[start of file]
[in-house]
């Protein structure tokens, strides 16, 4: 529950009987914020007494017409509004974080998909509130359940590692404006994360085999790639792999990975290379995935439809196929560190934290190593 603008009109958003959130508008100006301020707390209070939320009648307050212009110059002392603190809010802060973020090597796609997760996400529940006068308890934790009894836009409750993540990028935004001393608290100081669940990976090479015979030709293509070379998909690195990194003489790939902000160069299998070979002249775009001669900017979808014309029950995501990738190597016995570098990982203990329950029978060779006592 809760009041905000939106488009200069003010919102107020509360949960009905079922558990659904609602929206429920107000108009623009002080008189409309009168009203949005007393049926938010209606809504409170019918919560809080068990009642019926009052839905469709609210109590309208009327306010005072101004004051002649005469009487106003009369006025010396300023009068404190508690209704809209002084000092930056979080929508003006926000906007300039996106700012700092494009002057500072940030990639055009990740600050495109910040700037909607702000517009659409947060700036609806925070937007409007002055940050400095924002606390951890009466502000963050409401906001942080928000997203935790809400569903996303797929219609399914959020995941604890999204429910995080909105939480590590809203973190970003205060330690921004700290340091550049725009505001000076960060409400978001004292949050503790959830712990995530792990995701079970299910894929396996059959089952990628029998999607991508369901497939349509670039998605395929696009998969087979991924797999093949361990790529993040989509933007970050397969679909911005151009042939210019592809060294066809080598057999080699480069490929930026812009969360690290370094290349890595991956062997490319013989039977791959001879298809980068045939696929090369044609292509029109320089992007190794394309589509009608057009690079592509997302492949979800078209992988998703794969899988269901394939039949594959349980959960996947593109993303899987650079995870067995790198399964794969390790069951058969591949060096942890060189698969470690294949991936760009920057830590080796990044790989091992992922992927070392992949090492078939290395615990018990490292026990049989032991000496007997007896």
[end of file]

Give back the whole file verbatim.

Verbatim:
[in-house]
């Protein structure tokens, strides 16, 4: 529950009987914020007494017409509004974080998909509130359940590692404006994360085999790639792999990975290379995935439809196929560190934290190593 603008009109958003959130508008100006301020707390209070939320009648307050212009110059002392603190809010802060973020090597796609997760996400529940006068308890934790009894836009409750993540990028935004001393608290100081669940990976090479015979030709293509070379998909690195990194003489790939902000160069299998070979002249775009001669900017979808014309029950995501990738190597016995570098990982203990329950029978060779006592 809760009041905000939106488009200069003010919102107020509360949960009905079922558990659904609602929206429920107000108009623009002080008189409309009168009203949005007393049926938010209606809504409170019918919560809080068990009642019926009052839905469709609210109590309208009327306010005072101004004051002649005469009487106003009369006025010396300023009068404190508690209704809209002084000092930056979080929508003006926000906007300039996106700012700092494009002057500072940030990639055009990740600050495109910040700037909607702000517009659409947060700036609806925070937007409007002055940050400095924002606390951890009466502000963050409401906001942080928000997203935790809400569903996303797929219609399914959020995941604890999204429910995080909105939480590590809203973190970003205060330690921004700290340091550049725009505001000076960060409400978001004292949050503790959830712990995530792990995701079970299910894929396996059959089952990628029998999607991508369901497939349509670039998605395929696009998969087979991924797999093949361990790529993040989509933007970050397969679909911005151009042939210019592809060294066809080598057999080699480069490929930026812009969360690290370094290349890595991956062997490319013989039977791959001879298809980068045939696929090369044609292509029109320089992007190794394309589509009608057009690079592509997302492949979800078209992988998703794969899988269901394939039949594959349980959960996947593109993303899987650079995870067995790198399964794969390790069951058969591949060096942890060189698969470690294949991936760009920057830590080796990044790989091992992922992927070392992949090492078939290395615990018990490292026990049989032991000496007997007896």